The Supreme Court of Ohio ruled today that Cincinnati-based Foreclosure Solutions L.L.C. and the company’s owner, Timothy A. Buckley engaged in the unauthorized practice of law by giving legal advice and negotiating with lenders on behalf of thousands of property owners facing foreclosure of their mortgages. For the full story go here.
Last week, the Illinois Court of Appeals (4th division) decided a case called People v Harris, in which it affirmed a conviction of a law school graduate for "false personation of an attorney." He admitted that he was not admitted to practice in Illinois.
The applicable statute reads as follows: “A person who falsely represents himself or herself to be an attorney authorized to practice law for purposes of compensation or consideration commits a Class 4 felony. This subsection (a) does not apply to a person who unintentionally fails to pay attorney registration fees established by Supreme Court Rule.”
The defendant argued that because the statute does not specify that he must be authorized to practice law in Illinois, he did not violate the law if he was licensed in any one state or jurisdiction. I would have thought this argument to be absurd; why would you have an illegal practice of law statute if it wasn't to penalize people who are not authorized to practice law in the state? Yet, by comparing the statute that was repealed when this one was enacted, the court concluded that the defendant was correct. It concluded that "[t]he current statute indicates the legislature’s intent to exclude authorized attorneys from other jurisdictions from the statute’s reach."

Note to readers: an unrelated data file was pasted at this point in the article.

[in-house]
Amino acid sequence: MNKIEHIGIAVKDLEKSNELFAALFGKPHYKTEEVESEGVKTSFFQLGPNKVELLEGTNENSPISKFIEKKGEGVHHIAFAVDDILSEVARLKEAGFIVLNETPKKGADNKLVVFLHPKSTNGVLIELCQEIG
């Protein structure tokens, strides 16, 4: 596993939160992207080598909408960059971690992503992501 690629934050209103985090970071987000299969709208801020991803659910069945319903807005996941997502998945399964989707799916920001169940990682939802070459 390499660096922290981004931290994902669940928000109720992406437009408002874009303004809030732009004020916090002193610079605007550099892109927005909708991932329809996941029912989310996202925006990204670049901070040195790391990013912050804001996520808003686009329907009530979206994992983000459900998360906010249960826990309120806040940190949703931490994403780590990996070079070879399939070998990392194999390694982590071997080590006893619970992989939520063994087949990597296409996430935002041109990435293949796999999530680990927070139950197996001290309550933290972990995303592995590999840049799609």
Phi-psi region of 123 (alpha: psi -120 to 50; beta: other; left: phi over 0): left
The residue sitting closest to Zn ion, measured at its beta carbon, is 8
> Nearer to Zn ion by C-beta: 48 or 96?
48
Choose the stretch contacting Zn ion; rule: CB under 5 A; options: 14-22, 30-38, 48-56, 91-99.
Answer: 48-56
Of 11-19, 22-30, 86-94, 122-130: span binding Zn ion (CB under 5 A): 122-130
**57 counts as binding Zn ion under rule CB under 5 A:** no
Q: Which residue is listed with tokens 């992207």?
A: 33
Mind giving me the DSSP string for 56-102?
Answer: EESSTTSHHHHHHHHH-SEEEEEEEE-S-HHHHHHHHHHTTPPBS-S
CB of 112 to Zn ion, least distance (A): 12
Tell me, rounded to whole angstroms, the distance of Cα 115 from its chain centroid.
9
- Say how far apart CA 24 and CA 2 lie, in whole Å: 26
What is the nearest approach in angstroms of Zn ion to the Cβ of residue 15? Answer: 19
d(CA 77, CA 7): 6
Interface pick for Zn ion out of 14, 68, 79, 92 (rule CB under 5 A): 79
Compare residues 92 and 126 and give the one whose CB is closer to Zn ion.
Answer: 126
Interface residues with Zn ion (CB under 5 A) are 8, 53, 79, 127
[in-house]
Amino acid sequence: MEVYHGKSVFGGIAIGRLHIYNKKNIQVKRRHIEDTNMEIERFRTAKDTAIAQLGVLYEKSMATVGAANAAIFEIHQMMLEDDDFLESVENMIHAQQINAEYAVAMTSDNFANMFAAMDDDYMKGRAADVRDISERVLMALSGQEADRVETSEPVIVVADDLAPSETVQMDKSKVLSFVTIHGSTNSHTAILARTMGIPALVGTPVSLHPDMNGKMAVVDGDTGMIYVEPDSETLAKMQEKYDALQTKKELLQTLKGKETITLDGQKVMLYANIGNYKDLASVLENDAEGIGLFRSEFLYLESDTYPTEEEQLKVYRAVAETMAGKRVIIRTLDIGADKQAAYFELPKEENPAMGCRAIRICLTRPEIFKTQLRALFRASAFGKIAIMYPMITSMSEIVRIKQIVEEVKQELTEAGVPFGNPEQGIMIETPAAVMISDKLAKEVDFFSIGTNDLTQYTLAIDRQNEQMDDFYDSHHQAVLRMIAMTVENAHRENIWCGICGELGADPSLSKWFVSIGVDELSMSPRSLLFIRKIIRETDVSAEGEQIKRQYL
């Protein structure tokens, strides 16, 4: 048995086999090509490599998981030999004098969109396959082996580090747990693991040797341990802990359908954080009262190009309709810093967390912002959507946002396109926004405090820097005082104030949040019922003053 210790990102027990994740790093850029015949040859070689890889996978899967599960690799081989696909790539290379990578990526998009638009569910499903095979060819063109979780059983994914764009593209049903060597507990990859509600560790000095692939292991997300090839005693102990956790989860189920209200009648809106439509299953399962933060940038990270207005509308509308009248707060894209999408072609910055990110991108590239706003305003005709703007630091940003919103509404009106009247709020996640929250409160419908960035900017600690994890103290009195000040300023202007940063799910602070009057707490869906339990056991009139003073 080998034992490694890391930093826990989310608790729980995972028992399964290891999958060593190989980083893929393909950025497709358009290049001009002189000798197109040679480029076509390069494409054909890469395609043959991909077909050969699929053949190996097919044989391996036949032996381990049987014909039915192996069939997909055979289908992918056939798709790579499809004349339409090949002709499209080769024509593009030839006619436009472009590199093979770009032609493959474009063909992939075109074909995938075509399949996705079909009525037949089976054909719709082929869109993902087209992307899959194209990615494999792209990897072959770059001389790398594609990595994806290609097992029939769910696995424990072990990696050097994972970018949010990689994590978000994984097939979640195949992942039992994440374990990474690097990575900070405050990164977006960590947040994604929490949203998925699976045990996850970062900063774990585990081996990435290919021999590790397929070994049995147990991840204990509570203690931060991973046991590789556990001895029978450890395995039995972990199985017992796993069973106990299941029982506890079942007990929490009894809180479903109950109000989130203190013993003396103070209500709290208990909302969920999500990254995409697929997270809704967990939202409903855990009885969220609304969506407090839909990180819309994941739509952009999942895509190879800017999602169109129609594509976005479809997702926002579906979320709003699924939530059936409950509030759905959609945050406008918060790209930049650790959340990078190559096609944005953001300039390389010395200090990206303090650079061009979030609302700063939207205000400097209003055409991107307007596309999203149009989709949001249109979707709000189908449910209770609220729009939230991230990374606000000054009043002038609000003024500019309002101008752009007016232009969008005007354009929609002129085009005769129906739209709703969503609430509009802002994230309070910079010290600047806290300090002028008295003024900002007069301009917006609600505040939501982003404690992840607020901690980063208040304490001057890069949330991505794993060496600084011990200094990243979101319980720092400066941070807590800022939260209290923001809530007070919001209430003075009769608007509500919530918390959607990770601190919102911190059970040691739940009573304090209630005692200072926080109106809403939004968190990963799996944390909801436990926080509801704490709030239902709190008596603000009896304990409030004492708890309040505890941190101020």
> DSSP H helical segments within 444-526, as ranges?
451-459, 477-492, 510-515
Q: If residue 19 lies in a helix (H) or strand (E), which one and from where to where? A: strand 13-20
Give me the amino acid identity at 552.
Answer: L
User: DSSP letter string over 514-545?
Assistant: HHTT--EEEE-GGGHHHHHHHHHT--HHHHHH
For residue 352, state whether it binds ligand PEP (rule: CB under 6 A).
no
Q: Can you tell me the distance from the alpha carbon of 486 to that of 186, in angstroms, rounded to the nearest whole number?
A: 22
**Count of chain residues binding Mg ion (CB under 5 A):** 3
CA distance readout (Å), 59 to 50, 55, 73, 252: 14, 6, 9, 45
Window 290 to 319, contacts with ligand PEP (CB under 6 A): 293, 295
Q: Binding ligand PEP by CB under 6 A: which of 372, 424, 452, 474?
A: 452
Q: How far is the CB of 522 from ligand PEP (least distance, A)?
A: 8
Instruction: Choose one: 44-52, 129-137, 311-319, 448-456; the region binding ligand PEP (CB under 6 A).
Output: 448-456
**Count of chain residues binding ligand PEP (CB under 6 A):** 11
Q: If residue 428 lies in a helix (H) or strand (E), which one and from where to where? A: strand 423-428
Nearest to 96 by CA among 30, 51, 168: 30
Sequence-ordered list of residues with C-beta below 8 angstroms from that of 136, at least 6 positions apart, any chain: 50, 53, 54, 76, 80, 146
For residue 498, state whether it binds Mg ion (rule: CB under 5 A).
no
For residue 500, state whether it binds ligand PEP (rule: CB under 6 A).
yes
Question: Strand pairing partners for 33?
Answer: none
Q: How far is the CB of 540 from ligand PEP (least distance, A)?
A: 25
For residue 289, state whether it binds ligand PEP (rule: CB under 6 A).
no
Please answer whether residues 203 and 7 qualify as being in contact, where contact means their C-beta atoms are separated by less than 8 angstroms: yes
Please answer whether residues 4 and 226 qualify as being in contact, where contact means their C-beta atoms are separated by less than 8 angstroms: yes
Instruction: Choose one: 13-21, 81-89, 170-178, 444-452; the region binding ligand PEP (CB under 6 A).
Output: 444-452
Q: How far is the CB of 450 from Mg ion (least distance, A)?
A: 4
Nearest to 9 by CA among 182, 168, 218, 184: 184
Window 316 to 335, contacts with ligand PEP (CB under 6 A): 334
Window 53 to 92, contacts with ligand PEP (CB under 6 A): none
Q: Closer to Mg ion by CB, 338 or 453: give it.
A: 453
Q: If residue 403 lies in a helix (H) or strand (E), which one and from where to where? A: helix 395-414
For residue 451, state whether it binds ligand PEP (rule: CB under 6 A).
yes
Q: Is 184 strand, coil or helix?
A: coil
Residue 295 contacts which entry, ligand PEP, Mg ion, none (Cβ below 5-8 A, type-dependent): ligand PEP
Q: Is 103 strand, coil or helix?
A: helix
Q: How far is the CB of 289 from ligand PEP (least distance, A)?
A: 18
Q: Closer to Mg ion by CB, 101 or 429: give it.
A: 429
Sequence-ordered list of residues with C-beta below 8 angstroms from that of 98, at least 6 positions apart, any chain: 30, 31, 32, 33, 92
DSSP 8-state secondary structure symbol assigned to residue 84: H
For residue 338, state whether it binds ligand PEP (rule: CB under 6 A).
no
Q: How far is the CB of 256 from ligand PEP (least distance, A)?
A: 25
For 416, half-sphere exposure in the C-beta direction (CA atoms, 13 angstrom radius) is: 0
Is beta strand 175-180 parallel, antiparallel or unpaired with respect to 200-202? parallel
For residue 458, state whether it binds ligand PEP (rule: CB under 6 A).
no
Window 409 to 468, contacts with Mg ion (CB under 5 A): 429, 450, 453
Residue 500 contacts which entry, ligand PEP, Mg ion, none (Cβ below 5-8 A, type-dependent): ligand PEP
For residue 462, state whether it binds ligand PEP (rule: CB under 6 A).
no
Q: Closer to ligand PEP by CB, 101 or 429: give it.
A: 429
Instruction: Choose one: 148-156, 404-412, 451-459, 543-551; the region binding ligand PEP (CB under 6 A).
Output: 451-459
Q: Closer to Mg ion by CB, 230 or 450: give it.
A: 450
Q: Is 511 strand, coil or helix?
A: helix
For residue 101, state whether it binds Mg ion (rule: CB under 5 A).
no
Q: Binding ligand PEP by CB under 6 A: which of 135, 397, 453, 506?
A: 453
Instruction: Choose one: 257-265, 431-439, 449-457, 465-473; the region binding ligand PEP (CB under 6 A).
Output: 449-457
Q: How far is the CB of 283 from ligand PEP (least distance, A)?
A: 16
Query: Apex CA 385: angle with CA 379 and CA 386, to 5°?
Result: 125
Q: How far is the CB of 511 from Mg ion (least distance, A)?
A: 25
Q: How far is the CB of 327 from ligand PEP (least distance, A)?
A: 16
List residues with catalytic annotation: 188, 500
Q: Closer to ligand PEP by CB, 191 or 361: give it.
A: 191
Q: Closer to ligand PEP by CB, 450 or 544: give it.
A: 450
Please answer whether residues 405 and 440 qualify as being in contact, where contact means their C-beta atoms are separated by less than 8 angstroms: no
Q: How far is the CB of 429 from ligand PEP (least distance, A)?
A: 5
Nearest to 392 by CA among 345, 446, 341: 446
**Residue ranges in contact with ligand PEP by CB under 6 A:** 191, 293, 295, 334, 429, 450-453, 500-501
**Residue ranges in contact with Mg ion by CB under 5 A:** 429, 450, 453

This interpretation strikes me as very odd. It means that an attorney not admitted to practice law in Illinois who was practicing law in Illinois would not be in violation of the statute as long as he was admitted to practice somewhere else. In other words, if an attorney admitted in any other state but not in Illinois came to Illinois and ran an office in Illinois to provide legal services to Illinois clients, the state could not argue that he was practicing law illegally in Illinois.
Isn't that the "definition" of practicing law illegally in a jurisdiction? Am I missing something here?
After giving the defendant this small victory, however, the court went on to affirm the conviction finding that there was no credible evidence to suggest that he was in fact admitted anywhere else and there was clear evidence that he was not admitted in two of the four jurisdictions he claimed he had been admitted to.
The court also rejected the defendant's argument that the statute does not apply to law school graduates with legal experience. He argued that law school graduates have legal training and thus are not falsely representing themselves as attorneys.
Now, this one is absurd! He actually argued that a law graduate would not be guilty of practicing law illegally because he was a law graduate. I guess he missed that little detail about having to pass the bar exam to be allowed to practice law... The court rejected the argument.
The opinion is available here.